Sessions does not have any “issues related to marijuana” to educate the public with; he has 1936-era government created “Reefer Madness” propaganda, but there are no issues to support Sessions’ religious belief that cannabis has no medicinal properties or value whatsoever. If Sessions is a predictably deceitful liar, and he is nothing if not a predictably deceitful liar, he will repeat what he said at the Heritage Foundation and launch a taxpayer-funded campaign blaming the opioid epidemic on states with legal cannabis.

Seriously, even as study after study after state-level data demonstrates that cannabis is an effective means of reducing opioid use, Sessions blames the epidemic on reefer. Sessions has no excuse for not knowing cannabis is effective in reducing opioid use because in late October House Representative Steve Cohen (D-TN) informed him about the data and benefits of cannabis. Mr. Cohen told Sessions:

“Twenty-eight states or 29 states and the District of Columbia have legalized it [marijuana] for medical purposes; eight states and the District of Columbia for recreational purposes. In states where they’ve got medical marijuana, they have 25 percent less opioid use. It gives people a way to relieve pain without using opioids, which inevitably leads to death and crime. So I’d hope you’d take a look at that.”

Sessions promised Representative Cohen under oath in the House that:

“I will take a look at it. We will be looking at some rigorous analysis of the marijuana usage and how it plays out. I am not as optimistic as you.”

Sessions did not look at anything or he would not launch his fanatical religious crusade to stop Americans from using cannabis as medicine or for recreation. The research about the benefits of cannabis for a rash of ailments is beyond dispute and easily accessible to everyone. If Sessions really wants to “properly educate the public on some of the issues related to marijuana,” he can send them over to the NIH’s federal government website page titled “Cancer and Cannabis,” or refer them to a fairly technical medical study describing in great detail exactly how the THC in cannabis kills cancer cells.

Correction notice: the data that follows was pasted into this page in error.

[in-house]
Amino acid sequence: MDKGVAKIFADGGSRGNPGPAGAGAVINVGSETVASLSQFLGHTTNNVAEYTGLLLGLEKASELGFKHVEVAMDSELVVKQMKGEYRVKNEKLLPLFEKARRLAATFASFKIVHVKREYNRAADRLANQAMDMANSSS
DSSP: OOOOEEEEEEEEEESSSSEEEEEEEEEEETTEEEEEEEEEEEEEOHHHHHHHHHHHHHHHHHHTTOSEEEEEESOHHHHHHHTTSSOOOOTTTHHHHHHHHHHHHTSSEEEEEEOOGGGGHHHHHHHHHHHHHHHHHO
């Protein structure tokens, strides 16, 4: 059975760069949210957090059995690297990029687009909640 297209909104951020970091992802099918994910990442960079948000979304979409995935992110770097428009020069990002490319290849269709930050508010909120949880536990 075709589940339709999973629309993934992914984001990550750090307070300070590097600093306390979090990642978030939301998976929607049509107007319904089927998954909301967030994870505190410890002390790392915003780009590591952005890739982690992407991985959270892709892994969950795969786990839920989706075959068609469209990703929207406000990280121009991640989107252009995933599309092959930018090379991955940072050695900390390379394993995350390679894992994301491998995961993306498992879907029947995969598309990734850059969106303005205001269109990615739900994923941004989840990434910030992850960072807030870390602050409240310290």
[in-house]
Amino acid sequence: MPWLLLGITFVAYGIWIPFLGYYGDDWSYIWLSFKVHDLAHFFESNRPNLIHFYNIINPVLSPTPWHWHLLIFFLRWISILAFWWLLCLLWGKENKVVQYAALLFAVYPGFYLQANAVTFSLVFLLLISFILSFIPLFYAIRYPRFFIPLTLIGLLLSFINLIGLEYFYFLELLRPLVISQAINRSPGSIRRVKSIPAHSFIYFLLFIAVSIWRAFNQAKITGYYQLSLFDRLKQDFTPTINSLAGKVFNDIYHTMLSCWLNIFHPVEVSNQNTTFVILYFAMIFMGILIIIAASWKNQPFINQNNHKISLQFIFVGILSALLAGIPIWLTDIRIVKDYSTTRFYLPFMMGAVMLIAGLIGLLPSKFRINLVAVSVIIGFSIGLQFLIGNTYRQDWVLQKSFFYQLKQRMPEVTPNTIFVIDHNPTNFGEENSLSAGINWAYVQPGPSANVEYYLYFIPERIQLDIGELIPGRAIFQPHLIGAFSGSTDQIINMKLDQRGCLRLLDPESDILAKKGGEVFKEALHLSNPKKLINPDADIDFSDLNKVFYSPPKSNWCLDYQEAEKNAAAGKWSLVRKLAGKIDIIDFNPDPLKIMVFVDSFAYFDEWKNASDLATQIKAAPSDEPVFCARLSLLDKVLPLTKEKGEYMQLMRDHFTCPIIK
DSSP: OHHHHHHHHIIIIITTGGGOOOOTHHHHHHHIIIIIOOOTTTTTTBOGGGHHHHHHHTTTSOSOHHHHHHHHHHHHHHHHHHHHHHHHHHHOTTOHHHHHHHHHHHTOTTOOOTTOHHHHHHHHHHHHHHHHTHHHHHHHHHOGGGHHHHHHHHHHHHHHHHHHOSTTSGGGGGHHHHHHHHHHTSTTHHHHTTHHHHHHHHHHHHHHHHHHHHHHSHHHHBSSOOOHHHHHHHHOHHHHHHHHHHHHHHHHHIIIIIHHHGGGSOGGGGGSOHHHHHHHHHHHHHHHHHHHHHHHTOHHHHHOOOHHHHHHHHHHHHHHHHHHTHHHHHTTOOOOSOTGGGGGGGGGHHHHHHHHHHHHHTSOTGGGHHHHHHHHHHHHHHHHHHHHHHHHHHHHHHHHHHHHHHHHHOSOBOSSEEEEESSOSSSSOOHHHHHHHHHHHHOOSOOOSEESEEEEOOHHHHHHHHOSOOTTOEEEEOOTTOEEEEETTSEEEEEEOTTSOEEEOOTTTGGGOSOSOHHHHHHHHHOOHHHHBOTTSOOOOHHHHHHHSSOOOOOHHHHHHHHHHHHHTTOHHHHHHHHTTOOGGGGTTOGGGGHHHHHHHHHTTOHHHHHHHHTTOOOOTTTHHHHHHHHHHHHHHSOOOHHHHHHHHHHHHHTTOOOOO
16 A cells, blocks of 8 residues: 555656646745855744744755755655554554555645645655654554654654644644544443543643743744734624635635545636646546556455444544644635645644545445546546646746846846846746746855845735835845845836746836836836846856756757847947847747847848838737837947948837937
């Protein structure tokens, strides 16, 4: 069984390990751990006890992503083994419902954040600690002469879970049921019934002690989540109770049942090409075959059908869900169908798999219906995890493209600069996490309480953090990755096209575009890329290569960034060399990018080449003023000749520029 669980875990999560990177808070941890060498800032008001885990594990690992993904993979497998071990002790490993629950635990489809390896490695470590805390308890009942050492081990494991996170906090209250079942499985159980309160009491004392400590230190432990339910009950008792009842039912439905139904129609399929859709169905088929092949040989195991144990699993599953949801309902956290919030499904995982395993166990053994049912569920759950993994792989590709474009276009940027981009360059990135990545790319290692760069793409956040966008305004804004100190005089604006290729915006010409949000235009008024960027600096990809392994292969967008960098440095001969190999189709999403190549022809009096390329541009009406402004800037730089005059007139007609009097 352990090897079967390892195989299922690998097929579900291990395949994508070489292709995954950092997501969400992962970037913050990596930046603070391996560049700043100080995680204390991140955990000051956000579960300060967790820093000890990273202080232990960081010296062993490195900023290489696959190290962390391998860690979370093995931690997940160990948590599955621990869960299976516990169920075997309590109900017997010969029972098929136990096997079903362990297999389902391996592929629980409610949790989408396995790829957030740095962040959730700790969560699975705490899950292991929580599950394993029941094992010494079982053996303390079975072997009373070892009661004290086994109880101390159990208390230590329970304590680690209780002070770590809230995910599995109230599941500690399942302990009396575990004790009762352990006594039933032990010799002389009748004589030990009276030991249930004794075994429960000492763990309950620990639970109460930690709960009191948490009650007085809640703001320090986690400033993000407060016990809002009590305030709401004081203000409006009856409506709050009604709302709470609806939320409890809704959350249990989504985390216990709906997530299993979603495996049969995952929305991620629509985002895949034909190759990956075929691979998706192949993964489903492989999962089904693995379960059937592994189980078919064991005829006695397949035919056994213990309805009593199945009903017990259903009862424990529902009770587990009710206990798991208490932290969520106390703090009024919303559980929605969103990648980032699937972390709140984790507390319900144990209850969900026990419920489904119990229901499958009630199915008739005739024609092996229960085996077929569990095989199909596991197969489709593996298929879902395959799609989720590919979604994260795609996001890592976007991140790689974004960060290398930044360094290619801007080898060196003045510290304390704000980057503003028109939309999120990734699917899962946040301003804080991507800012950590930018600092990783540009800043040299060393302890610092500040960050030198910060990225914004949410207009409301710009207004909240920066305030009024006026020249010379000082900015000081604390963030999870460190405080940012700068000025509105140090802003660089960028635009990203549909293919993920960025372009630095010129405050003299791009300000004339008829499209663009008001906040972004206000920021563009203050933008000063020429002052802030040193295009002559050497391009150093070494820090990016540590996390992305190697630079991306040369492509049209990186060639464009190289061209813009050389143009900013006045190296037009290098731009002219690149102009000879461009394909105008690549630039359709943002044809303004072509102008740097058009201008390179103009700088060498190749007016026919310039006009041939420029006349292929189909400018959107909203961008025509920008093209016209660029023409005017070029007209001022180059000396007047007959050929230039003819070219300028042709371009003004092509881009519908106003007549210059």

Sessions has what appears to be a certifiable obsessive disorder about cannabis that no amount of empirical data or pathological proof will alter whatsoever. If Sessions were not certifiably batshit about weed, he would believe the mounds of research disproving his unfounded faith. However, losing his faith about cannabis would impact his intrinsic need to willfully cause pain and suffering to others by eliminating their access to a safe medicine.

Look, there is no reason for Sessions to pursue the states that decriminalized weed except to punish the people who get relief from cannabis. Medicinal or recreational cannabis does not cost the government any money and in fact is a revenue-generatingbit of commerce for states. That revenue stream is helping fund law enforcement, drug treatment programs, education and other social programs. Legalization has also eliminated the need for anything resembling “black market transactions.